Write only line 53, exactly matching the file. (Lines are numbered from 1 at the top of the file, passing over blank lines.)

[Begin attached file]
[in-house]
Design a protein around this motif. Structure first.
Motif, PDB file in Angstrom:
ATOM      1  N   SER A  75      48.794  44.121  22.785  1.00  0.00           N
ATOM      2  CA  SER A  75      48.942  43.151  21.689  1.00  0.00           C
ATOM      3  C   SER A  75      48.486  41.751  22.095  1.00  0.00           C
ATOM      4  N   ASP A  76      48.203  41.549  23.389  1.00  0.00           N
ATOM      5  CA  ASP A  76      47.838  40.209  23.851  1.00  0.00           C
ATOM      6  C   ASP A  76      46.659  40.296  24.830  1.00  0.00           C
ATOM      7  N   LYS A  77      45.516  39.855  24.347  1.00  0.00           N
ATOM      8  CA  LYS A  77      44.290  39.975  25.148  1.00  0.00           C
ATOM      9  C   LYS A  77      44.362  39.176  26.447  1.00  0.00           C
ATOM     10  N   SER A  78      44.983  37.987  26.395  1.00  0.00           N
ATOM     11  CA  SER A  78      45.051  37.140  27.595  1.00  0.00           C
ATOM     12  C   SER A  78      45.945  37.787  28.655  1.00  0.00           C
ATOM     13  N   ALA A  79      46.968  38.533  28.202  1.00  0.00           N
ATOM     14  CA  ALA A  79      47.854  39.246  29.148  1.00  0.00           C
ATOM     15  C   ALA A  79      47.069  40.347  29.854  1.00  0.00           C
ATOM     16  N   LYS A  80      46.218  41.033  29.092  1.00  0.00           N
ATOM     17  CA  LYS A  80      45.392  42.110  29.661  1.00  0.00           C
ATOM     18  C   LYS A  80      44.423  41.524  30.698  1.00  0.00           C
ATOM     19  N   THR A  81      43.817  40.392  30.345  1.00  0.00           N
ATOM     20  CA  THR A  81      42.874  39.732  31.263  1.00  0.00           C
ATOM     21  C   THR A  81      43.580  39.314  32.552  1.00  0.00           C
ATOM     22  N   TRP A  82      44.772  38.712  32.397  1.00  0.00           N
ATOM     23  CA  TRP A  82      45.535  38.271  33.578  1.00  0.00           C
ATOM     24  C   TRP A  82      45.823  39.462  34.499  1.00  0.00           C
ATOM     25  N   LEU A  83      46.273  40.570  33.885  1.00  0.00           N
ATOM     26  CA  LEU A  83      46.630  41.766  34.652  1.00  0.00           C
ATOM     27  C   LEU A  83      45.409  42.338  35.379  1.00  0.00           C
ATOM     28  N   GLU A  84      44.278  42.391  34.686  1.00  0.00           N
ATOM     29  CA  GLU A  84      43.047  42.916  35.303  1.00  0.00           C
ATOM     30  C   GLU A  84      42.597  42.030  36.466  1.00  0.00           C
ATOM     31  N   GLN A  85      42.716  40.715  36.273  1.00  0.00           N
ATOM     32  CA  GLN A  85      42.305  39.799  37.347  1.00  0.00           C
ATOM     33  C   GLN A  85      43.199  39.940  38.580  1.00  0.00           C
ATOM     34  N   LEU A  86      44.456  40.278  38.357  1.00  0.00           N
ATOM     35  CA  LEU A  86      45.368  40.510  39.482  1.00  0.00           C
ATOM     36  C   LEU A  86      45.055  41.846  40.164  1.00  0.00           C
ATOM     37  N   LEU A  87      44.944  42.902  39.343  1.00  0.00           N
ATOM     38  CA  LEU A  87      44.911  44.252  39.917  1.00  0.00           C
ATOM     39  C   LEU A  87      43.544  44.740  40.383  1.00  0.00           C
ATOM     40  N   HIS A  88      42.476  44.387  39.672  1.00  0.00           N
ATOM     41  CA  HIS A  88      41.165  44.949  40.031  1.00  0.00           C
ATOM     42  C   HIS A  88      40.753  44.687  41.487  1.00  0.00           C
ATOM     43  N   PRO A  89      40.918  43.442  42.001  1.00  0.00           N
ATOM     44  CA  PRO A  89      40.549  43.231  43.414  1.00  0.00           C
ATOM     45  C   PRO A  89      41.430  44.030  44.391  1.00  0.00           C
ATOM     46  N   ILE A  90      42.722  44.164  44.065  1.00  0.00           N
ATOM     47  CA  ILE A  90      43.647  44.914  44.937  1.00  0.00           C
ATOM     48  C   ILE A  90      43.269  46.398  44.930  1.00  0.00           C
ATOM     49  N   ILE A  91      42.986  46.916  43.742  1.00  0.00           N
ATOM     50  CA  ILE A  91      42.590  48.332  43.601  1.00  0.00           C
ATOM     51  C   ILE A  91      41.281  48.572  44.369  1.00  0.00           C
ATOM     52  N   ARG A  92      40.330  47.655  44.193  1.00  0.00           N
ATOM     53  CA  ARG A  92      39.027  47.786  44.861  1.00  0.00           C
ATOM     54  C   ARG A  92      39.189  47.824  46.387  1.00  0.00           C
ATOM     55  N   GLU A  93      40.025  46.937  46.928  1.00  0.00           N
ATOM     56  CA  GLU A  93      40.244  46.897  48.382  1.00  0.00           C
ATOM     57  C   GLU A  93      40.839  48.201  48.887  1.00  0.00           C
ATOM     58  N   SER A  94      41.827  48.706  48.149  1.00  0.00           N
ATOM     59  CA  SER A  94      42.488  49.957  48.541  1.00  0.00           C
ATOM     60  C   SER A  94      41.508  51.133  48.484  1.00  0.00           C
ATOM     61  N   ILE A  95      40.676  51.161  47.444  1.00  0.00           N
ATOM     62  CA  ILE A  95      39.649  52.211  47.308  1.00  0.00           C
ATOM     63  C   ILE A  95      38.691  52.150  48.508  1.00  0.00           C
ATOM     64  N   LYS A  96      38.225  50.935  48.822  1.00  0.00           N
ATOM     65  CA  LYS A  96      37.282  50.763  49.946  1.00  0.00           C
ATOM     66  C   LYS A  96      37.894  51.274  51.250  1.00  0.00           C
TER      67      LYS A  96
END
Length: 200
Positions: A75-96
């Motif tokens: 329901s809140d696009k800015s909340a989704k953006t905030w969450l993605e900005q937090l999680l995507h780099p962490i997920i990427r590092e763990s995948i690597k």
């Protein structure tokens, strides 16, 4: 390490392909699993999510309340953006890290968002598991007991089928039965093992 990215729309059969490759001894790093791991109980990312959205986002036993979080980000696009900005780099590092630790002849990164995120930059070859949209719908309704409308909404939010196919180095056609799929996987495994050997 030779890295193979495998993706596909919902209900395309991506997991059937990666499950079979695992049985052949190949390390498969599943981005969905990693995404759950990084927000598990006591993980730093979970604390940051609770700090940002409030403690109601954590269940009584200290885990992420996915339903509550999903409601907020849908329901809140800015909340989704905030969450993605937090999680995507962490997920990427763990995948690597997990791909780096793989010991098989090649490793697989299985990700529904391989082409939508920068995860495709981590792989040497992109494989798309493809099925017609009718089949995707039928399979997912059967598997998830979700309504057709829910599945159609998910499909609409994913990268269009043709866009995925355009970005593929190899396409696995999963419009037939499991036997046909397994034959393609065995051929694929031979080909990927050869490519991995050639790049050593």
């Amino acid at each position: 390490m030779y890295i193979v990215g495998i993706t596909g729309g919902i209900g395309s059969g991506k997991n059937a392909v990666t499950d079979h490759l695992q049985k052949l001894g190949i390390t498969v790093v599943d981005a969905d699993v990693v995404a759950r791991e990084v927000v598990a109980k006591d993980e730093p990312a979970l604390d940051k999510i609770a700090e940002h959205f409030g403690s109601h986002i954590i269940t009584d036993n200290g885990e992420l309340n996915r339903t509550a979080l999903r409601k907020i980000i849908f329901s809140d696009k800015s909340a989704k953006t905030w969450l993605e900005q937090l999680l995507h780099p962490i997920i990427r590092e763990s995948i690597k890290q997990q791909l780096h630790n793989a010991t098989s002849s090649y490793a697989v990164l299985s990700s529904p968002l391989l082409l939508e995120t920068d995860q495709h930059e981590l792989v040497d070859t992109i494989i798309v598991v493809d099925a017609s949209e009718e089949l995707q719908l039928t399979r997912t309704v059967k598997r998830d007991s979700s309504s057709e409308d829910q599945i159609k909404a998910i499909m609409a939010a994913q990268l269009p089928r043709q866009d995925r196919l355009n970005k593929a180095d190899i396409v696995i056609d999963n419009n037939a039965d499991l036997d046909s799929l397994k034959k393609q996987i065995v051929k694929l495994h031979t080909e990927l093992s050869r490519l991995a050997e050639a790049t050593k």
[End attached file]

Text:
ATOM     50  CA  ILE A  91      42.590  48.332  43.601  1.00  0.00           C